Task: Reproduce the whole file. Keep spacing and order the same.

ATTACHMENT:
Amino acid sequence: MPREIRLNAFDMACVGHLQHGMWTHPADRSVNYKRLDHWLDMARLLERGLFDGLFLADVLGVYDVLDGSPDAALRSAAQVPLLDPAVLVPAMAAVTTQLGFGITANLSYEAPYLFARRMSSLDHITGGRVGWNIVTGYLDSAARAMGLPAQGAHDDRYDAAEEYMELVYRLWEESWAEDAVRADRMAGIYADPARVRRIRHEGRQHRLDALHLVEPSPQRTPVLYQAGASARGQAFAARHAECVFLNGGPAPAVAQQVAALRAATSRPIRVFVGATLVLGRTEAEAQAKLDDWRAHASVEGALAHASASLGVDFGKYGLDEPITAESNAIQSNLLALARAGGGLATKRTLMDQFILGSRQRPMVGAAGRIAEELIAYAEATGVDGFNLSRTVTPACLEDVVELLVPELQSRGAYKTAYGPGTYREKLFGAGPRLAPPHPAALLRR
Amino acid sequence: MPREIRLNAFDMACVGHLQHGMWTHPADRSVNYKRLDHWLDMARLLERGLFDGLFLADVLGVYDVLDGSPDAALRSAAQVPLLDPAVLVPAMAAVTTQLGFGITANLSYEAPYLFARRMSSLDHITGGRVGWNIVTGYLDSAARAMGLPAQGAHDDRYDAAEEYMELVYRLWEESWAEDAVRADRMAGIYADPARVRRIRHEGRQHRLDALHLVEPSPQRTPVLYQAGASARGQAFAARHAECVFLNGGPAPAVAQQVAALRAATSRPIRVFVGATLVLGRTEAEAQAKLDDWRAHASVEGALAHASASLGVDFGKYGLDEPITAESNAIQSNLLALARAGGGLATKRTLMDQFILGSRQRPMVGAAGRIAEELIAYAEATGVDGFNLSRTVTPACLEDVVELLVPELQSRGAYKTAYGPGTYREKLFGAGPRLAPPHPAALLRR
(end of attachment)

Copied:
Amino acid sequence: MPREIRLNAFDMACVGHLQHGMWTHPADRSVNYKRLDHWLDMARLLERGLFDGLFLADVLGVYDVLDGSPDAALRSAAQVPLLDPAVLVPAMAAVTTQLGFGITANLSYEAPYLFARRMSSLDHITGGRVGWNIVTGYLDSAARAMGLPAQGAHDDRYDAAEEYMELVYRLWEESWAEDAVRADRMAGIYADPARVRRIRHEGRQHRLDALHLVEPSPQRTPVLYQAGASARGQAFAARHAECVFLNGGPAPAVAQQVAALRAATSRPIRVFVGATLVLGRTEAEAQAKLDDWRAHASVEGALAHASASLGVDFGKYGLDEPITAESNAIQSNLLALARAGGGLATKRTLMDQFILGSRQRPMVGAAGRIAEELIAYAEATGVDGFNLSRTVTPACLEDVVELLVPELQSRGAYKTAYGPGTYREKLFGAGPRLAPPHPAALLRR
Amino acid sequence: MPREIRLNAFDMACVGHLQHGMWTHPADRSVNYKRLDHWLDMARLLERGLFDGLFLADVLGVYDVLDGSPDAALRSAAQVPLLDPAVLVPAMAAVTTQLGFGITANLSYEAPYLFARRMSSLDHITGGRVGWNIVTGYLDSAARAMGLPAQGAHDDRYDAAEEYMELVYRLWEESWAEDAVRADRMAGIYADPARVRRIRHEGRQHRLDALHLVEPSPQRTPVLYQAGASARGQAFAARHAECVFLNGGPAPAVAQQVAALRAATSRPIRVFVGATLVLGRTEAEAQAKLDDWRAHASVEGALAHASASLGVDFGKYGLDEPITAESNAIQSNLLALARAGGGLATKRTLMDQFILGSRQRPMVGAAGRIAEELIAYAEATGVDGFNLSRTVTPACLEDVVELLVPELQSRGAYKTAYGPGTYREKLFGAGPRLAPPHPAALLRR